China Is Set to Keep Minting New Millionaires Faster Than U.S.
(Bloomberg) -- The U.S. capped its 10th straight year of household wealth growth and is set to remain as the world’s biggest hub for rich individuals even as China starts to close the gap, according to Credit Suisse Group AG.
North America led worldwide gains for average growth in household wealth per adult, rising 5.5 percent to $391,690 in the 12 months through mid-year, the Zurich-based bank said Thursday in its Global Wealth Report. The U.S., meanwhile, contributed most to global wealth during that period by adding $6.3 trillion, and topped the report’s rankings for minting new millionaires.
This is the ninth edition of the Global Wealth Report from Credit Suisse’s Research Institute, an in-house think tank set up after the credit crisis to study long-term economic trends. Based on data from adults in 200 countries, the organization’s latest research provides perspective on the factors driving wealth changes across rich and poor countries.
The U.S. Federal Reserve’s quantitative easing program, low interest rates and tax cuts introduced under President Trump’s administration have all helped to drive the country’s household wealth since 2008, according to the report. The U.S.’s position as global leader in wealth growth comes despite China’s surge, with UBS Group AG estimating a new billionaire is minted in China every two days and Asia now home to around a quarter of the people on the Bloomberg Billionaires Index, a ranking of the world’s 500 richest.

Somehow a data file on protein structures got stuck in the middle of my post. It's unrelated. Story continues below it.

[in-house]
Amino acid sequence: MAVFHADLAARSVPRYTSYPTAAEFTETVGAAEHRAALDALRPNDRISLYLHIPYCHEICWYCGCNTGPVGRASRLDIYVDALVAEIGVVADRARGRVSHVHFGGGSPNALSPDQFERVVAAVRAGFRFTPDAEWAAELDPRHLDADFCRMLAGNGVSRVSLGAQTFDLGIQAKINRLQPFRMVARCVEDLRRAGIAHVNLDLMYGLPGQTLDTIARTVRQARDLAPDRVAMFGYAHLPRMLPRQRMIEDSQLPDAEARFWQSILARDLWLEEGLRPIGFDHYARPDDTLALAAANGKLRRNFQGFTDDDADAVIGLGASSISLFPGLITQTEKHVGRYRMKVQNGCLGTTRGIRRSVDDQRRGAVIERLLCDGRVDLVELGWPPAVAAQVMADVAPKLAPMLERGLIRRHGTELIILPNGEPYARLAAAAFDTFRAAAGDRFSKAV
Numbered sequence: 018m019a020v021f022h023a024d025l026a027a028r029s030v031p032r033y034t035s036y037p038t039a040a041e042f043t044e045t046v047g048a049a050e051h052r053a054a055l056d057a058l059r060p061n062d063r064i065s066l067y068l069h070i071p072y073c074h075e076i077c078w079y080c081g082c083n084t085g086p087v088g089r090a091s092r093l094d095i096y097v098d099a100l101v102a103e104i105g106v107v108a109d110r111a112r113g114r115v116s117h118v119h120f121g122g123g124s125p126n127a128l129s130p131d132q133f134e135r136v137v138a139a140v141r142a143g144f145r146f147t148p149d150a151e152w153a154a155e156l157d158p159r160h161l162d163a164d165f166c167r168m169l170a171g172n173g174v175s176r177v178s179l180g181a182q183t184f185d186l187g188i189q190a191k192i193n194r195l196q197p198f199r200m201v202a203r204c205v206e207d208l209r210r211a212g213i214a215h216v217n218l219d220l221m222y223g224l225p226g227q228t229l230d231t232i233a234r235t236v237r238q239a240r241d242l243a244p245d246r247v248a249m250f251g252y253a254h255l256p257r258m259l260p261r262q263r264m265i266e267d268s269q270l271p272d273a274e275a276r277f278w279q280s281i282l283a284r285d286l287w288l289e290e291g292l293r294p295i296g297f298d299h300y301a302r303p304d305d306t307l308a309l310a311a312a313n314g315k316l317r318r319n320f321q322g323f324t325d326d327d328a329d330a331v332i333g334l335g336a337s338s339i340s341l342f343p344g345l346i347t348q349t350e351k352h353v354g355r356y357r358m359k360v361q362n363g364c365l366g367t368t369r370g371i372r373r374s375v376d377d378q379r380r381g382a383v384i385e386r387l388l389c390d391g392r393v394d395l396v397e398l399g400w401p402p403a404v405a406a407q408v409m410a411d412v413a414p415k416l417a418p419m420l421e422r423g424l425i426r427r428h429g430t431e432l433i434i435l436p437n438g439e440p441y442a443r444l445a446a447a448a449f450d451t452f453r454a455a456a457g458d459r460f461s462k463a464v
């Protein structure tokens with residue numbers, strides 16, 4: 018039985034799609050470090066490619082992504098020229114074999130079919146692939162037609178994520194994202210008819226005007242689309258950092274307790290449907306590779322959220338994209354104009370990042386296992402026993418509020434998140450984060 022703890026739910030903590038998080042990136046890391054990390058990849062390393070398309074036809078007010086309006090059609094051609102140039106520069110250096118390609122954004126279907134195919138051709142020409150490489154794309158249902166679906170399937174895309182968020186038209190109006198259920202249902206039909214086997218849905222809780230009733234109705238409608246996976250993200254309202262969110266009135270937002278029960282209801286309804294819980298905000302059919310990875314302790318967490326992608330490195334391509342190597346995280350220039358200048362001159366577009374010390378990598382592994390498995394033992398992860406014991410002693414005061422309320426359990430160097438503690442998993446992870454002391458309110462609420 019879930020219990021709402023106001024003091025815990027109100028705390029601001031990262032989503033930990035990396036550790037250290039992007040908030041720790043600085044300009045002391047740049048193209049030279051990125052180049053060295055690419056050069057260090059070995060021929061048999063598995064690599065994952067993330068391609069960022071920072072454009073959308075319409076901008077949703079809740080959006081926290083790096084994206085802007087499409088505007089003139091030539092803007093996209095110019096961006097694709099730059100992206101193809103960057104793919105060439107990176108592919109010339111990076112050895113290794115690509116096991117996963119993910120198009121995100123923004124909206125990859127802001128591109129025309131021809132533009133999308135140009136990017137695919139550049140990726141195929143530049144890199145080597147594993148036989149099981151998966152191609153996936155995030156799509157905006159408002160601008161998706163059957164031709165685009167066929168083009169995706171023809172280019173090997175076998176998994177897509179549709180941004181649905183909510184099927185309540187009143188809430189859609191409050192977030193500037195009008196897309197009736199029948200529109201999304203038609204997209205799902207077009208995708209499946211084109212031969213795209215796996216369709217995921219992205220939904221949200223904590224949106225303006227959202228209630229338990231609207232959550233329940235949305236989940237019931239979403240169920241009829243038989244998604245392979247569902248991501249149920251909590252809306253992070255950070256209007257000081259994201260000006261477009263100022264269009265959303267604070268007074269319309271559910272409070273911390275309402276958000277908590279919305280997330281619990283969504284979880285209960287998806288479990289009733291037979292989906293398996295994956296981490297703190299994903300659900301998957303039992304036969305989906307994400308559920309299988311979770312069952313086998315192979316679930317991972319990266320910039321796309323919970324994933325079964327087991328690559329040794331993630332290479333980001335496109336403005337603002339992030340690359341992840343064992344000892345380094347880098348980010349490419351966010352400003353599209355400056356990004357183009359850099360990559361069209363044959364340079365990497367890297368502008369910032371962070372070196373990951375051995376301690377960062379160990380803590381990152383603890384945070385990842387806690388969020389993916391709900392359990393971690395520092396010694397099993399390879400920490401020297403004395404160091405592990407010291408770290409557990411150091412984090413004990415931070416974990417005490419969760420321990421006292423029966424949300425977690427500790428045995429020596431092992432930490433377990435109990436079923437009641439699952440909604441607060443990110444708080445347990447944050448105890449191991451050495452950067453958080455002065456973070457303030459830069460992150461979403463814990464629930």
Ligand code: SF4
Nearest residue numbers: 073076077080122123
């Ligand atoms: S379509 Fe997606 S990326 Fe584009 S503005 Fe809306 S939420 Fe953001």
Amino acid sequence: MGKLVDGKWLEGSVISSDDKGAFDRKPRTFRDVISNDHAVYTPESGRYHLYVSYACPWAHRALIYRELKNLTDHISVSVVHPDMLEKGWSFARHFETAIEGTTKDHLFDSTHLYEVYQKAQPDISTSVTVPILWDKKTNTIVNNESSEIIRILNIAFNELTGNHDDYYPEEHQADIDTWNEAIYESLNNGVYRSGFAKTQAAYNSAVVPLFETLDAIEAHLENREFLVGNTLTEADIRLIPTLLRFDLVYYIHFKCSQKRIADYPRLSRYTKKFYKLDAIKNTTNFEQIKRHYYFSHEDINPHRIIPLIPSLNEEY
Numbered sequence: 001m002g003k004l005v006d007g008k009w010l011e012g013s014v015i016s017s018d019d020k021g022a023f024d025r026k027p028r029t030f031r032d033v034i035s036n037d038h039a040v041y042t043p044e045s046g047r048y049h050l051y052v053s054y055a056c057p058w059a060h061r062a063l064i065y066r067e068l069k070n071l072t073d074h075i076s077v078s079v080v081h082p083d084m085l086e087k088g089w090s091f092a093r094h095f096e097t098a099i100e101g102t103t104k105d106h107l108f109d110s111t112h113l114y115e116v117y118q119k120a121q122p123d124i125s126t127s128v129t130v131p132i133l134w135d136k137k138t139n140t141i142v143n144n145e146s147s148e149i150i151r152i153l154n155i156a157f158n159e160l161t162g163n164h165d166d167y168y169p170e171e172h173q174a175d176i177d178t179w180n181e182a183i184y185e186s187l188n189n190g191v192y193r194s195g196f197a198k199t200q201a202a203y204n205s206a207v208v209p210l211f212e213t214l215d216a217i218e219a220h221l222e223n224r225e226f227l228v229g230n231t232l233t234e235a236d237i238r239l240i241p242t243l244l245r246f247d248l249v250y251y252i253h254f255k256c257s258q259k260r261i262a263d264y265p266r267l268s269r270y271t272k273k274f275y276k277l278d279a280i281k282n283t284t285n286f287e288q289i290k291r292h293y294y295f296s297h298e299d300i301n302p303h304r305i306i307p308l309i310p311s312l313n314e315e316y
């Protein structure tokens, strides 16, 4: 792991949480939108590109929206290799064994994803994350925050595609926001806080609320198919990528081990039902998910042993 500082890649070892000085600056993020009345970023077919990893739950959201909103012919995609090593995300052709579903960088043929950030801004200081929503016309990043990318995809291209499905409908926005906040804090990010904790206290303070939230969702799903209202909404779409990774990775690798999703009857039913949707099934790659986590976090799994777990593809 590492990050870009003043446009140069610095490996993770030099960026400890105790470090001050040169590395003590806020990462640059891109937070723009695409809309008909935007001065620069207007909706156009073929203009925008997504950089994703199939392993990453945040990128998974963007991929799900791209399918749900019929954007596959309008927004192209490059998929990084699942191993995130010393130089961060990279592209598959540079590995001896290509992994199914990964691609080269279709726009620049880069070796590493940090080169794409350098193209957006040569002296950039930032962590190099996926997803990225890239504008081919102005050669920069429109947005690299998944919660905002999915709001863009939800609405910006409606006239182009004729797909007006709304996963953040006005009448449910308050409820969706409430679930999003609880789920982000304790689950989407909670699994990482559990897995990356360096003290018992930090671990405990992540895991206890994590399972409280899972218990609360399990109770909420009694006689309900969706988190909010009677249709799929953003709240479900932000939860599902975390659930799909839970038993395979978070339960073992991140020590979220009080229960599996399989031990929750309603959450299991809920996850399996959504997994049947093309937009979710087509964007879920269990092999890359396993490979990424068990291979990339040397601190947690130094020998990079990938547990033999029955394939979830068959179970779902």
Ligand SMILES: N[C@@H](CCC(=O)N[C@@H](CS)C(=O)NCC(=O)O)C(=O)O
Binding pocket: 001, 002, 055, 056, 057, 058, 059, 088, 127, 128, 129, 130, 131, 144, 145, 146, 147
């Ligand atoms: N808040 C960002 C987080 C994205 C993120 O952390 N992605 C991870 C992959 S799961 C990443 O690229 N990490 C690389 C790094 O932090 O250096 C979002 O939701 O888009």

China’s total wealth has risen 1,300 percent this century to $51.9 trillion, more than double the rate of any other nation. Although the U.S. will remain a world leader in the number of millionaires, reaching as many as 20.5 million over the next five years, Credit Suisse forecasts that China will mint new seven-figure fortunes at more than three times the rate over the same period.
“China has advanced so rapidly this century that a wealth gap that once appeared unassailable could vanish within a generation,” the report said.
Global wealth overall grew on average by 4.6 percent to $317 trillion during the 12 months to mid-2018. Despite concerns over trade tensions between U.S. and China, Credit Suisse noted a positive wealth outlook for both countries. Average U.S. household wealth is 35 percent above 2006 levels, while the bank downplayed concerns of China’s growing levels of household debts.
“Since the global financial crisis, wealth inequality has trended upward, propelled in part by the rising share of financial assets, and a strengthening US dollar,” Anthony Shorrocks, a British economist and one of the report’s authors, said in a statement. “These underlying factors appear to be waning, so it seems more likely that wealth inequality will fall in future rather than rise.”
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